“And what do you suppose, you conceited female,” said Mr. Cruncher, with unconscious inconsistency, “that the worth of your prayers may be? Name the price that you put your prayers at!”
“They only come from the heart, Jerry. They are worth no more than that.”
“Worth no more than that,” repeated Mr. Cruncher. “They ain’t worth much, then. Whether or no, I won’t be prayed agin, I tell you. I can’t afford it. I’m not a going to be made unlucky by your sneaking. If you must go flopping yourself down, flop in favour of your husband and child, and not in opposition to ’em. If I had had any but a unnat’ral wife, and this poor boy had had any but a unnat’ral mother, I might have made some money last week instead of being counter-prayed and countermined and religiously circumwented into the worst of luck. B-u-u-ust me!” said Mr. Cruncher, who all this time had been putting on his clothes, “if I ain’t, what with piety and one blowed thing and another, been choused this last week into as bad luck as ever a poor devil of a honest tradesman met with! Young Jerry, dress yourself, my boy, and while I clean my boots keep a eye upon your mother now and then, and if you see any signs of more flopping, give me a call. For, I tell you,” here he addressed his wife once more, “I won’t be gone agin, in this manner. I am as rickety as a hackney-coach, I’m as sleepy as laudanum, my lines is strained to that degree that I shouldn’t know, if it wasn’t for the pain in ’em, which was me and which somebody else, yet I’m none the better for it in pocket; and it’s my suspicion that you’ve been at it from morning to night to prevent me from being the better for it in pocket, and I won’t put up with it, Aggerawayter, and what do you say now!”
Growling, in addition, such phrases as “Ah! yes! You’re religious, too. You wouldn’t put yourself in opposition to the interests of your husband and child, would you? Not you!” and throwing off other sarcastic sparks from the whirling grindstone of his indignation, Mr. Cruncher betook himself to his boot-cleaning and his general preparation for business. In the meantime, his son, whose head was garnished with tenderer spikes, and whose young eyes stood close by one another, as his father’s did, kept the required watch upon his mother. He greatly disturbed that poor woman at intervals, by darting out of his sleeping closet, where he made his toilet, with a suppressed cry of “You are going to flop, mother. —Halloa, father!” and, after raising this fictitious alarm, darting in again with an undutiful grin.
Mr. Cruncher’s temper was not at all improved when he came to his breakfast. He resented Mrs. Cruncher’s saying grace with particular animosity.
“Now, Aggerawayter! What are you up to? At it again?”
His wife explained that she had merely “asked a blessing.”
“Don’t do it!” said Mr. Crunches looking about, as if he rather expected to see the loaf disappear under the efficacy of his wife’s petitions. “I ain’t a going to be blest out of house and home. I won’t have my wittles blest off my table. Keep still!”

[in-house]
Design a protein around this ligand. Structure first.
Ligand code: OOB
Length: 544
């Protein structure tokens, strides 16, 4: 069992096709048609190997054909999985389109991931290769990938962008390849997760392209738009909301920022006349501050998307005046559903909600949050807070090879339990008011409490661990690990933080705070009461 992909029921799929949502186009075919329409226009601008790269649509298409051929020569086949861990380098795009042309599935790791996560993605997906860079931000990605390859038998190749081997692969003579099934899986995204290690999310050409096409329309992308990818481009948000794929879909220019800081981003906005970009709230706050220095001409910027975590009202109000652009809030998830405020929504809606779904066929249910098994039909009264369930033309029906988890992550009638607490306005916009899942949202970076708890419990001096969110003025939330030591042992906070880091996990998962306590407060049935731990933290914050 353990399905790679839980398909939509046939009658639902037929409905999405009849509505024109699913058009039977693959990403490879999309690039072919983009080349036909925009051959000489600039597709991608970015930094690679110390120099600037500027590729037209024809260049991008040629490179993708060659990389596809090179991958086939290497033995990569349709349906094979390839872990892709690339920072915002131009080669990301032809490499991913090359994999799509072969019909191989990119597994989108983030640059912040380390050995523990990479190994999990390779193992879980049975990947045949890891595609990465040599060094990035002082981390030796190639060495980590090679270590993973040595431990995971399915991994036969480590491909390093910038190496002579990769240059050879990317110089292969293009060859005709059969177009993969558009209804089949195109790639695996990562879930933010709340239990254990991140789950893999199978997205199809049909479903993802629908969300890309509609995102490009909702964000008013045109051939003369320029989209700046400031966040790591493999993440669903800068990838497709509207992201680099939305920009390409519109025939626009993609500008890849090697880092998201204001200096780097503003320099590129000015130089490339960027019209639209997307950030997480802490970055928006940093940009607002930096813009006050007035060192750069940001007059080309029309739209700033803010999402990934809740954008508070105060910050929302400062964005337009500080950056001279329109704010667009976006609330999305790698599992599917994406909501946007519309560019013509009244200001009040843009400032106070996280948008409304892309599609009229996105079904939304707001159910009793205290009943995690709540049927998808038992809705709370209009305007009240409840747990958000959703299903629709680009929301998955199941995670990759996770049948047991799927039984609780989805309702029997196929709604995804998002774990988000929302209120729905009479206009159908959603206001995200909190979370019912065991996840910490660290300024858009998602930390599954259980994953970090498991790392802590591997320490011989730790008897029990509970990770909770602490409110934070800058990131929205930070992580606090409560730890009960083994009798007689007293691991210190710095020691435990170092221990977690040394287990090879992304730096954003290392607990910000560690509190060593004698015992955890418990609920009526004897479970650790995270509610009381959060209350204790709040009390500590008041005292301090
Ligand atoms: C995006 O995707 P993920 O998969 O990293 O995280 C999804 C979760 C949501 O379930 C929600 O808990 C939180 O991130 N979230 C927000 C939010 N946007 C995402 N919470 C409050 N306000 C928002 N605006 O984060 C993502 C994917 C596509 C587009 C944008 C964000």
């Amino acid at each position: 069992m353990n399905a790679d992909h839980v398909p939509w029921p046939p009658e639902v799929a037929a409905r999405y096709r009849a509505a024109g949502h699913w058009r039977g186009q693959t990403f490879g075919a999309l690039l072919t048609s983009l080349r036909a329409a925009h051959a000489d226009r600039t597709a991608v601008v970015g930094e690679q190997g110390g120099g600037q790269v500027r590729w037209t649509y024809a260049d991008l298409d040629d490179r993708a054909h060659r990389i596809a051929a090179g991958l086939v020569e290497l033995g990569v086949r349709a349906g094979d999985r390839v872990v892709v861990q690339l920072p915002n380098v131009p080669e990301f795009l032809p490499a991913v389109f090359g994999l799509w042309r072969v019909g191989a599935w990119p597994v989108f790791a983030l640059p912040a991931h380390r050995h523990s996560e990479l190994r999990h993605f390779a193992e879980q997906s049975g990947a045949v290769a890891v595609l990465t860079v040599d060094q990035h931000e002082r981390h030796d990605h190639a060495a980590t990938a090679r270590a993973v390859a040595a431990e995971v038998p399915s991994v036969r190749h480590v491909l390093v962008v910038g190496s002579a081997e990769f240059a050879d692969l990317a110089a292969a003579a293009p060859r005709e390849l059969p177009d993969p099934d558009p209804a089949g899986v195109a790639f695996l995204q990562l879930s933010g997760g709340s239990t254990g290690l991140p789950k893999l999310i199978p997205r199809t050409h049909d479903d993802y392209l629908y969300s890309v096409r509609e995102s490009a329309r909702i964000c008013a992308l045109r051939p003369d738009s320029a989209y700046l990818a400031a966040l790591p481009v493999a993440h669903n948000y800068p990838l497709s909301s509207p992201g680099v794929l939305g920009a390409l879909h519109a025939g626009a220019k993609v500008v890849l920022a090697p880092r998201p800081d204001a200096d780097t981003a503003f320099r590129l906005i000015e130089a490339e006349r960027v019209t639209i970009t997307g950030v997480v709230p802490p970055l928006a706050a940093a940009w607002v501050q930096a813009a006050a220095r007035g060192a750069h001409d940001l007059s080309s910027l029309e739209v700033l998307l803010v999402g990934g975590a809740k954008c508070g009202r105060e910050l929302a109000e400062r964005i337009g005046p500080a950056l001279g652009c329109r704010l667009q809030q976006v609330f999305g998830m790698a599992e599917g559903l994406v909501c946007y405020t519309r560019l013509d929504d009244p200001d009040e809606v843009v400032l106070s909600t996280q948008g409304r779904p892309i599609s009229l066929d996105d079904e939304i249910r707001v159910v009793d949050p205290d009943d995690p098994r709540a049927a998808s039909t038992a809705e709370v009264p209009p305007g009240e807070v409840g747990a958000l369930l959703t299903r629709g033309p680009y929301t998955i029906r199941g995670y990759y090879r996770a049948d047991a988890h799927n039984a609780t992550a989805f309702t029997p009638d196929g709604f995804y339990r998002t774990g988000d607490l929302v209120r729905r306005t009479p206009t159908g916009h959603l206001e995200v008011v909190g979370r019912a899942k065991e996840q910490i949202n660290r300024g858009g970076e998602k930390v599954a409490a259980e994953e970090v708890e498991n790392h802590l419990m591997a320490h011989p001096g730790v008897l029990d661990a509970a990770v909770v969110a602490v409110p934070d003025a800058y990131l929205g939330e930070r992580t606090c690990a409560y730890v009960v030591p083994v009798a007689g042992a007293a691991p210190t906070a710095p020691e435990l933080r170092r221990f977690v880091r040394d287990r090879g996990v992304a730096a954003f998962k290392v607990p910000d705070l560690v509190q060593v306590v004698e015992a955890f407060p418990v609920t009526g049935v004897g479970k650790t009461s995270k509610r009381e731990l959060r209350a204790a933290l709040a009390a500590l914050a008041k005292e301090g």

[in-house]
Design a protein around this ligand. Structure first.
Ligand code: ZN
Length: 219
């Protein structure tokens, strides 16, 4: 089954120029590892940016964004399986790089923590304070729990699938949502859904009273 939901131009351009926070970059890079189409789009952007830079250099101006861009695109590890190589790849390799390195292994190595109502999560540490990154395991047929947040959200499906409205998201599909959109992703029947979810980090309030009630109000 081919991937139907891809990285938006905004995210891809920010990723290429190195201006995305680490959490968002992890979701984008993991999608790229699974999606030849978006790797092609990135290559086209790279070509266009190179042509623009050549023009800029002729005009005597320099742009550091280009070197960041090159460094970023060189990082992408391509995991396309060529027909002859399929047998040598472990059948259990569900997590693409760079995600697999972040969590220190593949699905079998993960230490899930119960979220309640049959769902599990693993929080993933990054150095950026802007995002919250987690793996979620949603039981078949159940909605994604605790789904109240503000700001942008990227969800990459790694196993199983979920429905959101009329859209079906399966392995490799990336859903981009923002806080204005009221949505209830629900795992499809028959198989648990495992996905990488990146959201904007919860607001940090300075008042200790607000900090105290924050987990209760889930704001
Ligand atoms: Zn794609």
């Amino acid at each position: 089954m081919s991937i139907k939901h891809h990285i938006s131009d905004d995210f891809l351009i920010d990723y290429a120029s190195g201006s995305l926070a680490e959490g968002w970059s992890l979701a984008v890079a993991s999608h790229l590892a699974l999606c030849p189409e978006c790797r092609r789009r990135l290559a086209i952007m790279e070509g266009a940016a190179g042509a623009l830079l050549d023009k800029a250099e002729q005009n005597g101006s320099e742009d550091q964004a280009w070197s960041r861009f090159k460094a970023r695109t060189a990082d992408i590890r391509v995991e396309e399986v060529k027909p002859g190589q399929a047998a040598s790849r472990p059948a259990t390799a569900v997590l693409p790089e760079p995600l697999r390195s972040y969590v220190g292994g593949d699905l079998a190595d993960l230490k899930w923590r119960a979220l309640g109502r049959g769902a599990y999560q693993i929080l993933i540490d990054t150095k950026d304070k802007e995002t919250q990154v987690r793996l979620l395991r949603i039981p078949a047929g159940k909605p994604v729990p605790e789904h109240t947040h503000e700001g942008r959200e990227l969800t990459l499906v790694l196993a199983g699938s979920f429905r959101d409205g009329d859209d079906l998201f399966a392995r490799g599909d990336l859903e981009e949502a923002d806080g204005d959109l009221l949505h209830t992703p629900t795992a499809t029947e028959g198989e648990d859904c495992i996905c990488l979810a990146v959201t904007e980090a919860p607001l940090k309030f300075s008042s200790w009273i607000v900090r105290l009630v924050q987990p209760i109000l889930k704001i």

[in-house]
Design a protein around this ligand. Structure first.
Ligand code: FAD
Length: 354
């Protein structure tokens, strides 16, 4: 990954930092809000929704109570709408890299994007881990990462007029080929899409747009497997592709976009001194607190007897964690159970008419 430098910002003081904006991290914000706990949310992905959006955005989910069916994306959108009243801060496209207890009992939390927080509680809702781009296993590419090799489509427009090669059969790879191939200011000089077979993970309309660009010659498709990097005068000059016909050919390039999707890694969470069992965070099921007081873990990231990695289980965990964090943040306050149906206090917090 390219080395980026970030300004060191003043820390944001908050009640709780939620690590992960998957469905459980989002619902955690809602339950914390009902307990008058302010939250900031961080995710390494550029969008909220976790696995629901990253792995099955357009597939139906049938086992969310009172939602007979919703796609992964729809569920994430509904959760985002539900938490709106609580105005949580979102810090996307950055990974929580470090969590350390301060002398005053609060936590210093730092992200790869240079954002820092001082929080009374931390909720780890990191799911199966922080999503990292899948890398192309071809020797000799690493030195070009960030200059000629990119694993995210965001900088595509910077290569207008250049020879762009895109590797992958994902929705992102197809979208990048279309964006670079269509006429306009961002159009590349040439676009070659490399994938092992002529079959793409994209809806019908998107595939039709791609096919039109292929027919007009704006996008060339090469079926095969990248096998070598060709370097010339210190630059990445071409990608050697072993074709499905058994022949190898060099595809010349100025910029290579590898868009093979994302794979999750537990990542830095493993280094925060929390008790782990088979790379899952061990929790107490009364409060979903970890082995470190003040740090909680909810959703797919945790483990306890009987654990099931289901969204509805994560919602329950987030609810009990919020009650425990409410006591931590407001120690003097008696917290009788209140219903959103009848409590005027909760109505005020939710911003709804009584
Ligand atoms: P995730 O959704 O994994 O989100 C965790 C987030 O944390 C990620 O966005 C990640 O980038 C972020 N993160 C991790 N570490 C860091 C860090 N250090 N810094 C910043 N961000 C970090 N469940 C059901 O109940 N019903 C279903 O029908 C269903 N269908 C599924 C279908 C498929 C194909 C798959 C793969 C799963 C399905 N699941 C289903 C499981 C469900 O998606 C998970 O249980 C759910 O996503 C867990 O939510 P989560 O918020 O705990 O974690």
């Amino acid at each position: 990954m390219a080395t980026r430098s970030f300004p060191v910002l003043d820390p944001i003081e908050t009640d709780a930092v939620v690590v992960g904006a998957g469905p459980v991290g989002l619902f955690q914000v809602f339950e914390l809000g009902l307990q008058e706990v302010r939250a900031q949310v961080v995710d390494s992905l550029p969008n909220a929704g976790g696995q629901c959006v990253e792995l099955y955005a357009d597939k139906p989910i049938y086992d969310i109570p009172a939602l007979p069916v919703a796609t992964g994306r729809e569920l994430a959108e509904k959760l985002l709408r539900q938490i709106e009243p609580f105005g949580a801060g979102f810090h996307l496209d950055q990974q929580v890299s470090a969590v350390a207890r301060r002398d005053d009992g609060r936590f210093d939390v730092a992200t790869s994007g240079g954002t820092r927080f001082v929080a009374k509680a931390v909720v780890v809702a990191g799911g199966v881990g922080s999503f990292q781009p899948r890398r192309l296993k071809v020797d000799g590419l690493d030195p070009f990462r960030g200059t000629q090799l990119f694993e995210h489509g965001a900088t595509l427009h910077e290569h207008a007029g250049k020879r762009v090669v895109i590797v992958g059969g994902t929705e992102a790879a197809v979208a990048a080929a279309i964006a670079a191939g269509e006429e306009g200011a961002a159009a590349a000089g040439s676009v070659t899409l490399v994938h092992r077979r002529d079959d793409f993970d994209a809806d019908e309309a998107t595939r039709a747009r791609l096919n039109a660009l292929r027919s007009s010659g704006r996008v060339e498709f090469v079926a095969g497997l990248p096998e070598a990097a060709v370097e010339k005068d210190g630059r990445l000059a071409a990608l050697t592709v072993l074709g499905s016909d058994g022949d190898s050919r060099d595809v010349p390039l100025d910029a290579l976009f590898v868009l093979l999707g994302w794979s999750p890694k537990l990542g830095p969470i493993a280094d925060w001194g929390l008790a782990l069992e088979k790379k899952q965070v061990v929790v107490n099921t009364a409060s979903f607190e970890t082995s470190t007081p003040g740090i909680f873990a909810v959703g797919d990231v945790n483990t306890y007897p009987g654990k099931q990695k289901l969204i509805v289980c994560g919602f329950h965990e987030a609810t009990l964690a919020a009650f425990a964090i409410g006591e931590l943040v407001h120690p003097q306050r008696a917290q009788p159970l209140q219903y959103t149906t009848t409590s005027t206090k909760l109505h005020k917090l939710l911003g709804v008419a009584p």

Exceedingly red-eyed and grim, as if he had been up all night at a party which had taken anything but a convivial turn, Jerry Cruncher worried his breakfast rather than ate it, growling over it like any four-footed inmate of a menagerie. Towards nine o’clock he smoothed his ruffled aspect, and, presenting as respectable and business-like an exterior as he could overlay his natural self with, issued forth to the occupation of the day.
It could scarcely be called a trade, in spite of his favourite description of himself as “a honest tradesman.” His stock consisted of a wooden stool, made out of a broken-backed chair cut down, which stool, young Jerry, walking at his father’s side, carried every morning to beneath the banking-house window that was nearest Temple Bar: where, with the addition of the first handful of straw that could be gleaned from any passing vehicle to keep the cold and wet from the odd-job-man’s feet, it formed the encampment for the day. On this post of his, Mr. Cruncher was as well known to Fleet-street and the Temple, as the Bar itself,—and was almost as in-looking.
Encamped at a quarter before nine, in good time to touch his three-cornered hat to the oldest of men as they passed in to Tellson’s, Jerry took up his station on this windy March morning, with young Jerry standing by him, when not engaged in making forays through the Bar, to inflict bodily and mental injuries of an acute description on passing boys who were small enough for his amiable purpose. Father and son, extremely like each other, looking silently on at the morning traffic in Fleet-street, with their two heads as near to one another as the two eyes of each were, bore a considerable resemblance to a pair of monkeys. The resemblance was not lessened by the accidental circumstance, that the mature Jerry bit and spat out straw, while the twinkling eyes of the youthful Jerry were as restlessly watchful of him as of everything else in Fleet-street.
The head of one of the regular indoor messengers attached to Tellson’s establishment was put through the door, and the word was given:
“Hooray, father! Here’s an early job to begin with!”
Having thus given his parent God speed, young Jerry seated himself on the stool, entered on his reversionary interest in the straw his father had been chewing, and cogitated.
“Al-ways rusty! His fingers is al-ways rusty!” muttered young Jerry. “Where does my father get all that iron rust from? He don’t get no iron rust here!”